DICTATORIAL LEADERSHIP - IN A NICE WAY

29 October 2019

DICTATORIALISM (I think that's a word!) - Making sure your team or agencies create live events, exhibitions or pavilions that deliver the greatest value and impact means understanding the unique pressures, lack of control and fixed deadline that plague them. In turn, the open, healthy dialogue and democratic processes and management everyone enjoys, are all well and good - yet fundamentally flawed. You need a balance of dictatorial leadership and democratic management if your live event stands any chance of delivering its full potential. 3 minutes of video to explain...

VIDEO TRANSCRIPT:

Hi, I'm Will Glendinning, I'm a Producer, Designer and Director.

Now if you're involved in live events, exhibitions or pavilions in any way, shape or form, and at any scale and you're looking to create the most value and most impact, you need something in place that I call "dictatorial leadership and democratic management."

I use the term 'dictatorial' affectionately, I'm not suggesting you hire people who are going to start reigning aggression on all around them.

However, when you, your team or your agencies are creating and producing a live event, you're likely to have a team that need to work together collaboratively. To perform well, these people need to work in a fair, open, encouraging and motivated environment. They need to feel safe airing their ideas and issues, knowing their opinions will be considered. This is how people in positive, modern environments are happy working. It's a democracy, as it should be. Democracy is all well and good. But democracy has one major drawback. And that drawback is democracy's inability to hit deadlines or move quickly.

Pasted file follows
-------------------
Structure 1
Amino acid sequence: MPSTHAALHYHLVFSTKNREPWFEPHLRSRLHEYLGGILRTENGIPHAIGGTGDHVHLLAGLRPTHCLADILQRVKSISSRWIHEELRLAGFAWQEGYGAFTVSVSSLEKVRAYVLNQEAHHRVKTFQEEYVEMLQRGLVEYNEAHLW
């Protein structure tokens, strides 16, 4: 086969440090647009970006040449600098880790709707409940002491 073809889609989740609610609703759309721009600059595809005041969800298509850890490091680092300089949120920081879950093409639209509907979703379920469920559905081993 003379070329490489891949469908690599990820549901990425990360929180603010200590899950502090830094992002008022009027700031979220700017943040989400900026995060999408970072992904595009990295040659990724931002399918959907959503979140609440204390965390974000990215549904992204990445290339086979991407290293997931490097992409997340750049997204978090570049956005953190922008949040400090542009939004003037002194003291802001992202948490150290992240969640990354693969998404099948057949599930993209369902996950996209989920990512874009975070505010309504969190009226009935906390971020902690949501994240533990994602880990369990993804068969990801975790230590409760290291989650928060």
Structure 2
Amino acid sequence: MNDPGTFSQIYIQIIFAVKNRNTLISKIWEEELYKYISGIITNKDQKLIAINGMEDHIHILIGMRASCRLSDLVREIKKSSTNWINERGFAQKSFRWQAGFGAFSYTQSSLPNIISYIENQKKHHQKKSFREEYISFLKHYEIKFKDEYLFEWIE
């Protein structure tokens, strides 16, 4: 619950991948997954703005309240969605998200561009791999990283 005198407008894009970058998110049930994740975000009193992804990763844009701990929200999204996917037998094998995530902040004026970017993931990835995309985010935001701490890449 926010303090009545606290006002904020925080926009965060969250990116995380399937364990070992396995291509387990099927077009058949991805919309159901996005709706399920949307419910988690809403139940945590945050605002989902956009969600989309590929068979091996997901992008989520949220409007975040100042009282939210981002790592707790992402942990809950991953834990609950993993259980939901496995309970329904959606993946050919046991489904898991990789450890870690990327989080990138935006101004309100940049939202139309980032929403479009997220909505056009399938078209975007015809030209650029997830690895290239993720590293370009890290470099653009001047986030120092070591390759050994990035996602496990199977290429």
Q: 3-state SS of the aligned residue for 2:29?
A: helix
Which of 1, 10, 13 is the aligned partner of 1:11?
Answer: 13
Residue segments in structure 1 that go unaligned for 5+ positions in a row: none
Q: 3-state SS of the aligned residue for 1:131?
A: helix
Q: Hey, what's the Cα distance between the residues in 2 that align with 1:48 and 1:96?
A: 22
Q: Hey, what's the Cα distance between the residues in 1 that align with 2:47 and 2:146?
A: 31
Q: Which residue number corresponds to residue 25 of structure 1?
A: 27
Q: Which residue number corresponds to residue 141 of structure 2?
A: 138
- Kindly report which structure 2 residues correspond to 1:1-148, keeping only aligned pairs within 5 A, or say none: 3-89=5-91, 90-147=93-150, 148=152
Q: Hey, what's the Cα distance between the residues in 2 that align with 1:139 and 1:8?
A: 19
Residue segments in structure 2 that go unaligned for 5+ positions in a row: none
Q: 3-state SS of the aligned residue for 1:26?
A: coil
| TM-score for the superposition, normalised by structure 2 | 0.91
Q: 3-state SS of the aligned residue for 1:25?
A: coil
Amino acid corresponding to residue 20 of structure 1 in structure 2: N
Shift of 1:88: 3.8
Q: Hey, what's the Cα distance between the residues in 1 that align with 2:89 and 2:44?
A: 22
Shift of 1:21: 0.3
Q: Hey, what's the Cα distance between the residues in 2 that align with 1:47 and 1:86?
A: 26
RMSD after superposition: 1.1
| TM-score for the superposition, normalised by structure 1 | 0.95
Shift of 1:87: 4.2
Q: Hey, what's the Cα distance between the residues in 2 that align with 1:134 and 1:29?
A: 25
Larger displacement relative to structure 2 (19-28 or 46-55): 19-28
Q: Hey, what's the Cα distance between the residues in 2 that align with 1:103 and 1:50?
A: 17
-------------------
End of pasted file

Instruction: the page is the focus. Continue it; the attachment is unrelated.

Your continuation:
Live events typically have a fixed deadline, everyone is watching, and it's almost impossible to be in complete control of everything contributing towards success. When good and proper democratic working practices mean key milestones are being missed, or worse, your final event deadline is at risk, a democratic workplace overseen by well-intentioned and qualified managers is the exact opposite of what you need.

It is at this point you need a friendly dictator. Someone able, willing, and empowered to make authoritative decisions, without anywhere near enough information to do so, and armed not with weapons of mass destruction but with experience and a sixth sense to tell, lead and guide everyone involved with whatever it is they deem necessary to get the job done or the problem solved.

You can live without a friendly dictator, but you'll find if you delve into it, all - that time and effort will be being wasted as milestones arrive and then whizz past, and people are then trying to backtrack and catch up. And you'll find money is being wasted on activity, goods and services that may not even be needed had someone made a decision earlier on. All of this waste, confusion and uncertainty means your live event, exhibition or pavilion is inherently never going to live up to its full potential, never going to offer the most value, or deliver the most impact.

You could replace the word dictatorship with leadership, but leadership also tends to be more democratic, and it's decisive decision making, sometimes riding roughshod over process and protocol, that's needed. It needs doing with care and sensitivity, and by someone with relevant experience as decisions may not be popular, yet they need to be respected. It does need to be dictatorial. Ambiguity is bad. So make sure you have someone leading your live event, someone directing the content or purpose, and someone directing the technical and logistics side of things who can step back and let the democratic management approach take its natural course, while that works, but who are also able, willing and empowered to get all dictatorial when necessary, with enough empathy and experience to do so with respect and authority.

Get this right and watch how the value, creativity and impact of your activity increases.

Thanks for watching, questions welcome, and I'll speak to you again soon.